Remembering Mark Lanier
Monday, April 1, 2019
I keep flashing onto a warm January day in Oxford, Mississippi, sunlight fluttering through trees outside, a few of us inside, exploring Rowan Oak, Mark’s beloved Faulkner’s home. It was an oddly perfect day in a perfect house. But inhabiting it reduced this mythical figure, whose words I’d read and re-read, whose words Mark himself worshipped, to a human being. One who had fights with his wife, who washed himself, who used the toilet. Sometimes we only think about people through the lens of their greatness and don’t consume ourselves with the personal moments that, in the shadow of their greatness, we allow ourselves to dim.
In experiencing Mark’s passing, I am finding myself in a similar exercise to the one that we performed at Rowan Oak: wandering into the huge heart-beating life of a house that Mark inhabited, feeling silly that I am surprised that behind this larger-than-life figure that he was, was also someone who felt and hurt and lived.
He taught us all so much simply by the way he would somehow both grandly and unassumingly walk into a room and inhabiting the space among us. We were so lucky to have shared it, and I wish I could have expressed more of this to him. Learning though is probably at its best when it makes you uncomfortable, and I am learning now in that way, lessons I did not necessarily want to learn, but through his passing, Mark has brought me and us here.
Yours in the bonds,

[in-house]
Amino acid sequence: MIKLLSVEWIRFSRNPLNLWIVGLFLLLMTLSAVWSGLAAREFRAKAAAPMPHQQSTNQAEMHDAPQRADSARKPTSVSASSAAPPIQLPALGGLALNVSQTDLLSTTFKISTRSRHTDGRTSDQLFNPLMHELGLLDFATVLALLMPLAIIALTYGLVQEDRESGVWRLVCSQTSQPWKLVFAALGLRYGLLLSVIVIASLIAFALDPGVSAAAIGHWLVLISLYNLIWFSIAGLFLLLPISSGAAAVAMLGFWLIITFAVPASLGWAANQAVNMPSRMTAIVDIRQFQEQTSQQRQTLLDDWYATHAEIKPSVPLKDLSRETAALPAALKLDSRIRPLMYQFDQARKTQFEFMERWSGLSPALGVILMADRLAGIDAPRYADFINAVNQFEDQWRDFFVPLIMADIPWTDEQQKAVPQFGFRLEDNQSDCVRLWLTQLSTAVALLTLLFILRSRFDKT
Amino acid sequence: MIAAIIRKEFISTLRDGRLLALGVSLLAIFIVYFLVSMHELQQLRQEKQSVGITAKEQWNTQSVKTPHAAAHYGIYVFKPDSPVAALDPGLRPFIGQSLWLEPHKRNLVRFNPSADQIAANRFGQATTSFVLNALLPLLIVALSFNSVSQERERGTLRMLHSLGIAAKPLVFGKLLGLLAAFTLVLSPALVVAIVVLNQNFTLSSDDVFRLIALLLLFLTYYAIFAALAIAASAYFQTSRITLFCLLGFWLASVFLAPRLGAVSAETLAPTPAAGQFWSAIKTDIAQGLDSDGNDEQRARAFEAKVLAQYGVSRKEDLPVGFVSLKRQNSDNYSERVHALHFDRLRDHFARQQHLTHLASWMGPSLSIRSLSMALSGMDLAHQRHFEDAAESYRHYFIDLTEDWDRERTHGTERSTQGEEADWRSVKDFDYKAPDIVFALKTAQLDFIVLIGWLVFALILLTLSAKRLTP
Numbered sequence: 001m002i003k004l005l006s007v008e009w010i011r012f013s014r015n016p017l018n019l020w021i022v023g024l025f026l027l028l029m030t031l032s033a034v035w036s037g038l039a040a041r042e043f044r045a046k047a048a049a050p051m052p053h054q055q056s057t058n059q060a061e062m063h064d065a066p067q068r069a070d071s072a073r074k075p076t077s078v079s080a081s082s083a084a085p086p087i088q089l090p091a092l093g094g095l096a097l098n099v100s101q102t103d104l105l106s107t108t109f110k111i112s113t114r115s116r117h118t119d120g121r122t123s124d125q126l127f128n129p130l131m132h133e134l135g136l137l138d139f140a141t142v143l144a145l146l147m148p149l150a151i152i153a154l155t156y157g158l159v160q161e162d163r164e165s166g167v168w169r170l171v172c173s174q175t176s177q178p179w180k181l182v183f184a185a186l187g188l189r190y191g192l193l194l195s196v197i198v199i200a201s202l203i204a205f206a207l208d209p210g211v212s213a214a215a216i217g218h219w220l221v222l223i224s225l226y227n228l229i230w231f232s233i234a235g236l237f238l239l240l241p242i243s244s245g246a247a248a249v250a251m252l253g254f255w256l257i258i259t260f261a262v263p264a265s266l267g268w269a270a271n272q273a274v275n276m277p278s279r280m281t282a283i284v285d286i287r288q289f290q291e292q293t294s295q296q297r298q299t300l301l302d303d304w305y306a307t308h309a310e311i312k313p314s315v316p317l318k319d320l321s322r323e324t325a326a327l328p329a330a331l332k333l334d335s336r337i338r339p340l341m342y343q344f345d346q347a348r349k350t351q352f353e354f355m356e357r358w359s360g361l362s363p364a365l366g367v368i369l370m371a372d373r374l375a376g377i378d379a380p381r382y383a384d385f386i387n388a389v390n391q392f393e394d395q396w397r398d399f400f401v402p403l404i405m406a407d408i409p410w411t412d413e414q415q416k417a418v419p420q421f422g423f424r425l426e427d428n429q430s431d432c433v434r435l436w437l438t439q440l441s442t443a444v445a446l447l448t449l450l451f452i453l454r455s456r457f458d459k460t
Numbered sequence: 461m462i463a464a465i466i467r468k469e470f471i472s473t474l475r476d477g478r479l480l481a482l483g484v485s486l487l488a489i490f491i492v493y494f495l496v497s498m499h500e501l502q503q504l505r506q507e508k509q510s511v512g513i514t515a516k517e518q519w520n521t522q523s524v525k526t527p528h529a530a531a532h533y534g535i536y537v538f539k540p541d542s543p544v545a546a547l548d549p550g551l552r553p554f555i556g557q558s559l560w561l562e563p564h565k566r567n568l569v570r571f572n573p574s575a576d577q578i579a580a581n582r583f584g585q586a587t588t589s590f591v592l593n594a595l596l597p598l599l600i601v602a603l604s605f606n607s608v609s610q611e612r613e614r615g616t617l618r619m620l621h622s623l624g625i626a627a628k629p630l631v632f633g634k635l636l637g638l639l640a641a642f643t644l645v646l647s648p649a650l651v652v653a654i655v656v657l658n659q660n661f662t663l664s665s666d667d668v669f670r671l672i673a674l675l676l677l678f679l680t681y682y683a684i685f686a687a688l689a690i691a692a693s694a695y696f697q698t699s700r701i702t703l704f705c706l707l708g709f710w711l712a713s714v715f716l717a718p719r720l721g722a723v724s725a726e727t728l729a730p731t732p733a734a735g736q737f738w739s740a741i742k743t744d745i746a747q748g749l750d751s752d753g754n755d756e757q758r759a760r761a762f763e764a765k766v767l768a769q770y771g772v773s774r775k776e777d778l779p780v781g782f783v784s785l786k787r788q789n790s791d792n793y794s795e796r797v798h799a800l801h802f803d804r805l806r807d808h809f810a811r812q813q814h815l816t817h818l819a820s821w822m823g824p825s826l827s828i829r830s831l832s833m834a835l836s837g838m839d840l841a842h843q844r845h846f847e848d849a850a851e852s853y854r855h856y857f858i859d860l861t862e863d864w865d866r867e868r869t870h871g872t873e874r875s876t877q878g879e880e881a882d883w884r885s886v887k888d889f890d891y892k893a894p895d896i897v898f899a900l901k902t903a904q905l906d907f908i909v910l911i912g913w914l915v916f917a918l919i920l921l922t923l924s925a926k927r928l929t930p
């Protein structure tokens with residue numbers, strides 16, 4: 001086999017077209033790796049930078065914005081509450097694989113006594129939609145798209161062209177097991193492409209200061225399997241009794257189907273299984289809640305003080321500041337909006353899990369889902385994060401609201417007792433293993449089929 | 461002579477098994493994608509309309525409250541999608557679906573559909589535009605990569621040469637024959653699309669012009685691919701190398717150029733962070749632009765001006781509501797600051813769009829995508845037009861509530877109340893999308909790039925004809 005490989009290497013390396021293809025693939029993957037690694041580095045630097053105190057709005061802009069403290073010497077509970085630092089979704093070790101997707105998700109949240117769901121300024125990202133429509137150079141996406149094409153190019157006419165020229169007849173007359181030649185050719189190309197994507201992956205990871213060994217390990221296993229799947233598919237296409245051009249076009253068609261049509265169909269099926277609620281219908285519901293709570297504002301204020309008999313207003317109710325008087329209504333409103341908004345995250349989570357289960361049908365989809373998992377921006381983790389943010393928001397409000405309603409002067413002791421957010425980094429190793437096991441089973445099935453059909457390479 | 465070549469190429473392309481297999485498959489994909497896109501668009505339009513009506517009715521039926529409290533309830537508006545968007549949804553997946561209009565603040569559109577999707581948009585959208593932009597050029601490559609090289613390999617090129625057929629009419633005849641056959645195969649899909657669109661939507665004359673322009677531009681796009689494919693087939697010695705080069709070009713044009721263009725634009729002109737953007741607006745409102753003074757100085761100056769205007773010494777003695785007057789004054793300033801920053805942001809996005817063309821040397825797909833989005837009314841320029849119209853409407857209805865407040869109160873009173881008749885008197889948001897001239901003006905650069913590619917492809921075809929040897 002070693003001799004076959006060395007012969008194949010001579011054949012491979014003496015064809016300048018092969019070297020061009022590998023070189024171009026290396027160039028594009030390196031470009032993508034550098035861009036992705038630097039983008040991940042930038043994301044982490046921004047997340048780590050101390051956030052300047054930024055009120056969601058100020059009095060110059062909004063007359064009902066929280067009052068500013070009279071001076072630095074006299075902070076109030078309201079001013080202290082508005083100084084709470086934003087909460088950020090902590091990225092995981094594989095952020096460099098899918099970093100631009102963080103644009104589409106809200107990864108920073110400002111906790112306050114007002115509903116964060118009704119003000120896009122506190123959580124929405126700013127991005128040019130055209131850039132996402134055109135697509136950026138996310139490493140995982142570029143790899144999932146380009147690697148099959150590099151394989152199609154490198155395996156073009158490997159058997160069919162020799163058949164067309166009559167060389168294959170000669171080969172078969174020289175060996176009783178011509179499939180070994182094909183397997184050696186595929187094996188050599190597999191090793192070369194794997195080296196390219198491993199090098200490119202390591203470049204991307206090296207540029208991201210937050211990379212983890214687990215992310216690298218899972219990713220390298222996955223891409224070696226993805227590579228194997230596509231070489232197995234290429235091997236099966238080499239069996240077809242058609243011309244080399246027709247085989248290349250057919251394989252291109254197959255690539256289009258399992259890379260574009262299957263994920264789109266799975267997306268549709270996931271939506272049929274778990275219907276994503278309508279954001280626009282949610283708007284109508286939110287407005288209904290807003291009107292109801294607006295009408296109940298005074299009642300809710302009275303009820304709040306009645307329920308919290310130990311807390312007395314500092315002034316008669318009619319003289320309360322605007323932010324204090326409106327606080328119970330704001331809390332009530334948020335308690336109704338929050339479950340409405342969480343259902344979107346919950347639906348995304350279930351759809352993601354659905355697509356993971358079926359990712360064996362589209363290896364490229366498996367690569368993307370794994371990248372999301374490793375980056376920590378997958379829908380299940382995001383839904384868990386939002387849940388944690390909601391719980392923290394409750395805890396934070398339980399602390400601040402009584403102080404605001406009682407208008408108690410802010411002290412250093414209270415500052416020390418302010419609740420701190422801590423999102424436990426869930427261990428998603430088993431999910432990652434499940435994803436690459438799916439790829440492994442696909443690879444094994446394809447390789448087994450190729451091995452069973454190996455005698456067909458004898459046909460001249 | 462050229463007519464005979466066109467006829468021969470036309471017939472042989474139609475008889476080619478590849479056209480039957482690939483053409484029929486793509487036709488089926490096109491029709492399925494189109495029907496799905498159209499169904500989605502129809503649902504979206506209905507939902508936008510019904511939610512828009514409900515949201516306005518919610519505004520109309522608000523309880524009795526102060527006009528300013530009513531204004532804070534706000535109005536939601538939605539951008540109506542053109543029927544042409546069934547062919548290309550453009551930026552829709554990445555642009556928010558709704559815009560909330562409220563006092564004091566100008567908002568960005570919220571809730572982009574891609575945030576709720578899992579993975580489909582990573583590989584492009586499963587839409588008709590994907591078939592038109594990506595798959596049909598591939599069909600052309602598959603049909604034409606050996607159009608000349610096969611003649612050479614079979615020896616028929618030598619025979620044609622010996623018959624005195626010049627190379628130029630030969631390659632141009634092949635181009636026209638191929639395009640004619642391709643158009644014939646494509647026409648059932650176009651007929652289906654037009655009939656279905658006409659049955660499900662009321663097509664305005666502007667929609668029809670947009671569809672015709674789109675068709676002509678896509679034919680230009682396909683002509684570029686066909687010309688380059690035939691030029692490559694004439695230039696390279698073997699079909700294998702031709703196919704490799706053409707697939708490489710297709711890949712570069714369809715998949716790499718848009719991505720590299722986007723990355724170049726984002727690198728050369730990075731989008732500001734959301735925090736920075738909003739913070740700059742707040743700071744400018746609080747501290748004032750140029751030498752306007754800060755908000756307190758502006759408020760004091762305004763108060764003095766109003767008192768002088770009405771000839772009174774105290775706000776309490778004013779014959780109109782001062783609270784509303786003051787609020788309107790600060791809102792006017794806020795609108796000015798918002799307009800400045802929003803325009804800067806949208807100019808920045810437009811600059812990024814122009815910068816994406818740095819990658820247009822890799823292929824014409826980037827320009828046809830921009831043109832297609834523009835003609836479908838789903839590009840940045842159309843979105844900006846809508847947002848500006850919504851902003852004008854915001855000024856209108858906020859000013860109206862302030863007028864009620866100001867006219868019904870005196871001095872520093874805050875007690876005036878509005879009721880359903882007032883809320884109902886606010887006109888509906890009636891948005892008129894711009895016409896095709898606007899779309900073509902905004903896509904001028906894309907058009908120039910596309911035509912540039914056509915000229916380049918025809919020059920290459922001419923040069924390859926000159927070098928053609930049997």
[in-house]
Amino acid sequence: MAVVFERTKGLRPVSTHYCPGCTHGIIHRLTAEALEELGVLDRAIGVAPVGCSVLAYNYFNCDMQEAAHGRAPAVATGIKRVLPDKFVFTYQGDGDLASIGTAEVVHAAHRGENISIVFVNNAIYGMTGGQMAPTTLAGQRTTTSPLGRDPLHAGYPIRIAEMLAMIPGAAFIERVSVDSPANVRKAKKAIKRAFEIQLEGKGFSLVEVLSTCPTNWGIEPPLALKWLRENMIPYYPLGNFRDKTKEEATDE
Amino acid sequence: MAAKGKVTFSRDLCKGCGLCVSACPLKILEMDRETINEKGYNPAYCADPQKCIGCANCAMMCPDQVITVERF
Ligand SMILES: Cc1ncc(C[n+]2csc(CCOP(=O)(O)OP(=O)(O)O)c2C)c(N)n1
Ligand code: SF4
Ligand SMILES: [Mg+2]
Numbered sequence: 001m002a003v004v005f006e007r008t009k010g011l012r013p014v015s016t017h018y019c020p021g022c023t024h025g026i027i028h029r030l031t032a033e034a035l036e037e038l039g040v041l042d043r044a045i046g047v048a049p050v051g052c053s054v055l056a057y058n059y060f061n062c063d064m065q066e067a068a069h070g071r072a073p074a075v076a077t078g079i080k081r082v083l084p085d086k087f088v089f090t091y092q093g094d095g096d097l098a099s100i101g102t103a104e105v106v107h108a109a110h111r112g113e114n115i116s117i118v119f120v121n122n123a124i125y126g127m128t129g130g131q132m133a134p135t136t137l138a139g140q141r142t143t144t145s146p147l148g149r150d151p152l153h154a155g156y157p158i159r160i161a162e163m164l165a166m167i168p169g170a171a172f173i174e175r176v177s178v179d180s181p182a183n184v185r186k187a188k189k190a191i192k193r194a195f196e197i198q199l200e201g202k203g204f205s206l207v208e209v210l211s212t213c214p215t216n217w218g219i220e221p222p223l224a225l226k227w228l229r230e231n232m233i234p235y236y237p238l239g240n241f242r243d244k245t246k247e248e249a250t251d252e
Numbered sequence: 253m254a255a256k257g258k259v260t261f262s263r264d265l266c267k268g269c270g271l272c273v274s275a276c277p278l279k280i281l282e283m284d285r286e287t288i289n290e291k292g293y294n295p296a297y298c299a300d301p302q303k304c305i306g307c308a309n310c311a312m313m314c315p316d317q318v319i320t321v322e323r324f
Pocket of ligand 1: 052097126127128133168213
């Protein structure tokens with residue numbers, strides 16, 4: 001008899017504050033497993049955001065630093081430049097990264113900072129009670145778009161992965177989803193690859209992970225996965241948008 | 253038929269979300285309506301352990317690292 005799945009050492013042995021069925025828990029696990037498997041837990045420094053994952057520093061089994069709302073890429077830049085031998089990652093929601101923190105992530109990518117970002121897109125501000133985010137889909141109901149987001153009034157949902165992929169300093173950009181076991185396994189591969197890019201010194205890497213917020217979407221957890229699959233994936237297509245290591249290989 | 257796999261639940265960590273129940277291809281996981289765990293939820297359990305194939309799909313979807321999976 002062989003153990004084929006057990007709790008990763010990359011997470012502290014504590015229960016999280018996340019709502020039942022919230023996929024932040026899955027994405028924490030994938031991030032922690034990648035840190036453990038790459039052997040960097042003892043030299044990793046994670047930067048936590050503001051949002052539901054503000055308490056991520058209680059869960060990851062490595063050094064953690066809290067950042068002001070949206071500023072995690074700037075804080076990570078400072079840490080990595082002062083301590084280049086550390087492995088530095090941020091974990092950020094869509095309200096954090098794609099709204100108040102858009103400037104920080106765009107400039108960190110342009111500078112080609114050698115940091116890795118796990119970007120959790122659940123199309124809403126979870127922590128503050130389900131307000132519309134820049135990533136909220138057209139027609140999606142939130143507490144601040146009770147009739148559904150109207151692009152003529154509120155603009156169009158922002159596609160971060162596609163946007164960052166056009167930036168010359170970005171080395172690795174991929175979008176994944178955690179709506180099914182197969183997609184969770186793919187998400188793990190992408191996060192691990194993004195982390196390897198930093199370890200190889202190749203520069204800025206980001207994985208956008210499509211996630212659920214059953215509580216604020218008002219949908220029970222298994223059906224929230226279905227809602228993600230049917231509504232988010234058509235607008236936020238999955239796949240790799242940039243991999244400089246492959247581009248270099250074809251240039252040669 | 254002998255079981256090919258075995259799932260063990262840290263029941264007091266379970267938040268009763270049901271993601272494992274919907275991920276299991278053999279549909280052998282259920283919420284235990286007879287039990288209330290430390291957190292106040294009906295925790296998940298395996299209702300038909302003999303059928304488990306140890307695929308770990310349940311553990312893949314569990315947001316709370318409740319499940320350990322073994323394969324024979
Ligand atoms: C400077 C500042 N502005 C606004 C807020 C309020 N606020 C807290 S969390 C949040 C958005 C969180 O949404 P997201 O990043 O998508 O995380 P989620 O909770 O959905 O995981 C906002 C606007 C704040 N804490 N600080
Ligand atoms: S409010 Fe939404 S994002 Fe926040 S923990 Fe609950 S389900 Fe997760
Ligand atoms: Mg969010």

Mark was, quite simply, the heart and soul of this chapter. As the long-serving secretary of the 1853 Foundation, he sustained Lambda through good times and through times of struggle. He was a fixture at initiations and at various national gatherings through the years. It’s quite likely that Mark, with his bear-like hug, was the first alumnus to welcome you into the bonds.
Fond memories of Mark spring easily to mind. Those who saw one of his “Who Are You?” performances witnessed a theatrical masterpiece. Those who swapped book recommendations with him are probably still making our way through his towering and eclectic reading list. Those who shared a meal or took a walk with him were dazzled, every time, by his omnivorous appetite for knowledge. His empathy, his wisdom, his gentleness, and his wit immediately endeared Mark to everyone he came across. And then, of course, there was his voice like molasses and the jolly rumble of his laugh. (That Morgan Freeman seems to be the standard narrator for most documentaries these days is due to a simple oversight -- Mark hadn’t been discovered.)
One bright spring day, Mark and I took a tour of the Huntington Library and Gardens. It was a playground for someone with Mark’s wildly eclectic love of learning. Casually, he transformed our stroll through the collections and gardens into a master class in world culture -- everything from portraiture, to poetry, to bonsai. And that’s how I’ll always remember Mark: standing in the sunshine of Southern California, inspecting the branches on a Chinese elm.
Mark’s light burned brightly and illuminated the way for so many brothers and sisters. Now it’s left to us to carry that light forward.
I hope you’ll be able to take some time to remember Mark, in whatever way you choose. As a family of siblings, we mourn the deep sadness of his loss yet celebrate the profound joy that he gave.
Yours in the bonds,